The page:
NPR is running a typical media hype story on oocyte preservation (egg freezing), featuring the standard happy family photo with their “miracle” baby born after thawing and fertilizing a cryopreserved egg.
It’s a heartwarming story and a pretty photo, but far from a complete picture of what women need to know about this still experimental fertility preserving procedure. Nowhere does the article tell women the actual success rates of occyte cryo-preservation.
So before you run out to freeze your eggs, know this – the chance of having a pregnancy after egg freezing is less than a 50/50 shot – at most about 39%, according to the latest data. That’s about the same odds you’d have if you just wait till 40 to try to get pregnant on your own. In addition, while somewhere between 1 and 2 thousand infants have been born using the technology, we do not yet have data on their long term outcomes. Read more »
*This blog post was originally published at The Blog That Ate Manhattan*
Oocyte preservation, or egg freezing as it’s popularly called, is now being offered by over half of U.S. fertility clinics, and half of those not offering it now plan to do so in the future. This according to a national survey conducted in mid 2009 and reported this week in Fertility and Sterility.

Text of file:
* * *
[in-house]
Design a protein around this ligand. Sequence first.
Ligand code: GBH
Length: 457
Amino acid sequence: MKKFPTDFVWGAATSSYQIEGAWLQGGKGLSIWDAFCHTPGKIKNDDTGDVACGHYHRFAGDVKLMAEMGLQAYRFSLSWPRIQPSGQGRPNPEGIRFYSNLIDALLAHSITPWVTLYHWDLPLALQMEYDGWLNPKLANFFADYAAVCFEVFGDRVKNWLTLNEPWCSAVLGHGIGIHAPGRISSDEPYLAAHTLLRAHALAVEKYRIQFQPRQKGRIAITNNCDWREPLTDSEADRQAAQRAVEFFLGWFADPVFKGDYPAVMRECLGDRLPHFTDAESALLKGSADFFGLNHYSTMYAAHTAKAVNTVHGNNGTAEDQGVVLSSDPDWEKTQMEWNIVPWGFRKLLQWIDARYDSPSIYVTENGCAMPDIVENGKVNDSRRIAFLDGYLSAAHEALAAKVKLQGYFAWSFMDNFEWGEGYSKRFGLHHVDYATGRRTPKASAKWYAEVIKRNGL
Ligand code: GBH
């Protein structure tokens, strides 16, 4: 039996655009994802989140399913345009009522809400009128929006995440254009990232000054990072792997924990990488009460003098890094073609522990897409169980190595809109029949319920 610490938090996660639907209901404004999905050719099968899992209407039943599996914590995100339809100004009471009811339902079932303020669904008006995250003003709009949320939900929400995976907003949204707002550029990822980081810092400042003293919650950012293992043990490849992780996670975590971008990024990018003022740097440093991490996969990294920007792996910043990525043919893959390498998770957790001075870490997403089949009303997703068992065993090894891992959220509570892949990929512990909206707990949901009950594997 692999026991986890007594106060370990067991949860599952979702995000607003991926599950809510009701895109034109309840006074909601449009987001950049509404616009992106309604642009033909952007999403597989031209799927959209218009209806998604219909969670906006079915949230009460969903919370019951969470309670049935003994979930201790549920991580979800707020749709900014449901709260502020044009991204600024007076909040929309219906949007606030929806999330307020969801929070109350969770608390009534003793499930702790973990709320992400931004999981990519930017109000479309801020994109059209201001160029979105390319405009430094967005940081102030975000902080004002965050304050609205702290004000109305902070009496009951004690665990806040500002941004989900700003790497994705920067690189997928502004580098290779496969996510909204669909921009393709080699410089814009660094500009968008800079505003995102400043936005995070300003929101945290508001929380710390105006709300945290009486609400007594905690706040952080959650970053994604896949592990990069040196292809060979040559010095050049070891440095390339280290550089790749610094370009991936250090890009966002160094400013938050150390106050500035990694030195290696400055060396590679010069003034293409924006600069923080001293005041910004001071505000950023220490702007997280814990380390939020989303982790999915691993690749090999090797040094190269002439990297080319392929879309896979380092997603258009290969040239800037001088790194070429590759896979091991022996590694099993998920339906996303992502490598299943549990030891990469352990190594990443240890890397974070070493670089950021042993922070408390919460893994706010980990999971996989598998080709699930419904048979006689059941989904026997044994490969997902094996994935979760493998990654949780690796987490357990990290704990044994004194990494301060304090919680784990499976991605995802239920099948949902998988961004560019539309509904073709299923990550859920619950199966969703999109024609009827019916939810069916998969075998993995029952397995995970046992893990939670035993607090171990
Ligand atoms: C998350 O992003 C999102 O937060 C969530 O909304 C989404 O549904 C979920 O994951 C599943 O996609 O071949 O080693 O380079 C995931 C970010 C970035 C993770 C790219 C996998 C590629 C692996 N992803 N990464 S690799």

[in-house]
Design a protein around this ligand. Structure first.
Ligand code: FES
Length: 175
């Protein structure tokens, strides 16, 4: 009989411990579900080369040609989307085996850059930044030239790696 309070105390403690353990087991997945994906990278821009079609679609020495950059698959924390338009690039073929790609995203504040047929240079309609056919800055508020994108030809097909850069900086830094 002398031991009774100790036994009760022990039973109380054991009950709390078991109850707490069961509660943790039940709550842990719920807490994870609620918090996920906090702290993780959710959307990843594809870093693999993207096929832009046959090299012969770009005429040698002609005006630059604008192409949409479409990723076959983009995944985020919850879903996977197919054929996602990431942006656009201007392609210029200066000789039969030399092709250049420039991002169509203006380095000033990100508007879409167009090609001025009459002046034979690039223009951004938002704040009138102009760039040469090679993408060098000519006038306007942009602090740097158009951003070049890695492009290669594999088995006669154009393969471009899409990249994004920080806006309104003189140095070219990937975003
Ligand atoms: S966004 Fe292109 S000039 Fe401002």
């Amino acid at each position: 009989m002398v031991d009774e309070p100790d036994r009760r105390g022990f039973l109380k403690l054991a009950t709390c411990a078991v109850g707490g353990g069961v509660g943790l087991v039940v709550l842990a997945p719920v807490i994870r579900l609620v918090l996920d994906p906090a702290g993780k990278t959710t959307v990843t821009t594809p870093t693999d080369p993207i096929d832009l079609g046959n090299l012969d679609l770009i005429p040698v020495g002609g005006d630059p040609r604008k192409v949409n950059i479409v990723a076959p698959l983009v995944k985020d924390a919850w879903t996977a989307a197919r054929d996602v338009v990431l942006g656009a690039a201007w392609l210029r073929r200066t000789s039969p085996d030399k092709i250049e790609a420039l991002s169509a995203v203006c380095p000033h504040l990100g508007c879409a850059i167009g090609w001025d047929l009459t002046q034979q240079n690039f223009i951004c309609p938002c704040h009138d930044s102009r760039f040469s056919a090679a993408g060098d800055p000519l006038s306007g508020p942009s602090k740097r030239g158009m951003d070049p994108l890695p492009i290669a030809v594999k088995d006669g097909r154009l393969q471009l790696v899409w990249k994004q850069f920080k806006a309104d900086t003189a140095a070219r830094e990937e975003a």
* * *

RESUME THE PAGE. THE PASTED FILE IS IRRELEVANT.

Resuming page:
Over two-thirds of the 143 centers offering oocyte cryopreservation will do it electively, as opposed to those that offer it only to women undergoing cancer treatments that threaten their natural fertility.
Go West, But Be Prepared To Pay
Centers located in the Western part of the U.S. are more likely to offer elective egg freezing than those in the East. Not surprisingly, centers that only accept out of pocket (as opposed to insurance) payments were more likely to offer the procedure, reflecting the history of infertility advancement, which, unlike almost any other area of medicine, has largely been financed by private individual dollars. Read more »
*This blog post was originally published at tbtam*